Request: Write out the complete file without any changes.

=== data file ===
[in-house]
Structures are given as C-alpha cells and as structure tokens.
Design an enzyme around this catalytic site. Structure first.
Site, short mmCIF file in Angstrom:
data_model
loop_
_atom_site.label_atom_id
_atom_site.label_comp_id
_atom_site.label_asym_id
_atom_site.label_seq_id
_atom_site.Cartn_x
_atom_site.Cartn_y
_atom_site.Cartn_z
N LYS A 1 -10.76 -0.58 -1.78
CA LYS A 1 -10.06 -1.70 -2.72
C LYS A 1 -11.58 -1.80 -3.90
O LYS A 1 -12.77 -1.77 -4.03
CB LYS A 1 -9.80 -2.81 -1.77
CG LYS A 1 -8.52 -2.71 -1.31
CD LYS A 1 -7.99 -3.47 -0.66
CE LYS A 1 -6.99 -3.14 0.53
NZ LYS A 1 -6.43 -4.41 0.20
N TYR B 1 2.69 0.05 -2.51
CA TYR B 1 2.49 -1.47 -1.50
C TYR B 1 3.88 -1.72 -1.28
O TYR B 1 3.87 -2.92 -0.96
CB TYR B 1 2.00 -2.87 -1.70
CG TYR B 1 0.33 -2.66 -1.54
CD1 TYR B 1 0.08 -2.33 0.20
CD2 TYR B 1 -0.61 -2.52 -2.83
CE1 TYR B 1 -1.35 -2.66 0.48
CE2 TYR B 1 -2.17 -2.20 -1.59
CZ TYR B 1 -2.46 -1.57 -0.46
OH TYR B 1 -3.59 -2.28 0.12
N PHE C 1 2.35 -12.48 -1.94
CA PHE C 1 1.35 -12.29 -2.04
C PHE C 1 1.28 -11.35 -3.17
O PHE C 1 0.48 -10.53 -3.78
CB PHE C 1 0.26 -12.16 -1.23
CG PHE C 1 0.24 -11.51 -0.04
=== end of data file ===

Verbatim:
[in-house]
Structures are given as C-alpha cells and as structure tokens.
Design an enzyme around this catalytic site. Structure first.
Site, short mmCIF file in Angstrom:
data_model
loop_
_atom_site.label_atom_id
_atom_site.label_comp_id
_atom_site.label_asym_id
_atom_site.label_seq_id
_atom_site.Cartn_x
_atom_site.Cartn_y
_atom_site.Cartn_z
N LYS A 1 -10.76 -0.58 -1.78
CA LYS A 1 -10.06 -1.70 -2.72
C LYS A 1 -11.58 -1.80 -3.90
O LYS A 1 -12.77 -1.77 -4.03
CB LYS A 1 -9.80 -2.81 -1.77
CG LYS A 1 -8.52 -2.71 -1.31
CD LYS A 1 -7.99 -3.47 -0.66
CE LYS A 1 -6.99 -3.14 0.53
NZ LYS A 1 -6.43 -4.41 0.20
N TYR B 1 2.69 0.05 -2.51
CA TYR B 1 2.49 -1.47 -1.50
C TYR B 1 3.88 -1.72 -1.28
O TYR B 1 3.87 -2.92 -0.96
CB TYR B 1 2.00 -2.87 -1.70
CG TYR B 1 0.33 -2.66 -1.54
CD1 TYR B 1 0.08 -2.33 0.20
CD2 TYR B 1 -0.61 -2.52 -2.83
CE1 TYR B 1 -1.35 -2.66 0.48
CE2 TYR B 1 -2.17 -2.20 -1.59
CZ TYR B 1 -2.46 -1.57 -0.46
OH TYR B 1 -3.59 -2.28 0.12
N PHE C 1 2.35 -12.48 -1.94
CA PHE C 1 1.35 -12.29 -2.04
C PHE C 1 1.28 -11.35 -3.17
O PHE C 1 0.48 -10.53 -3.78
CB PHE C 1 0.26 -12.16 -1.23
CG PHE C 1 0.24 -11.51 -0.04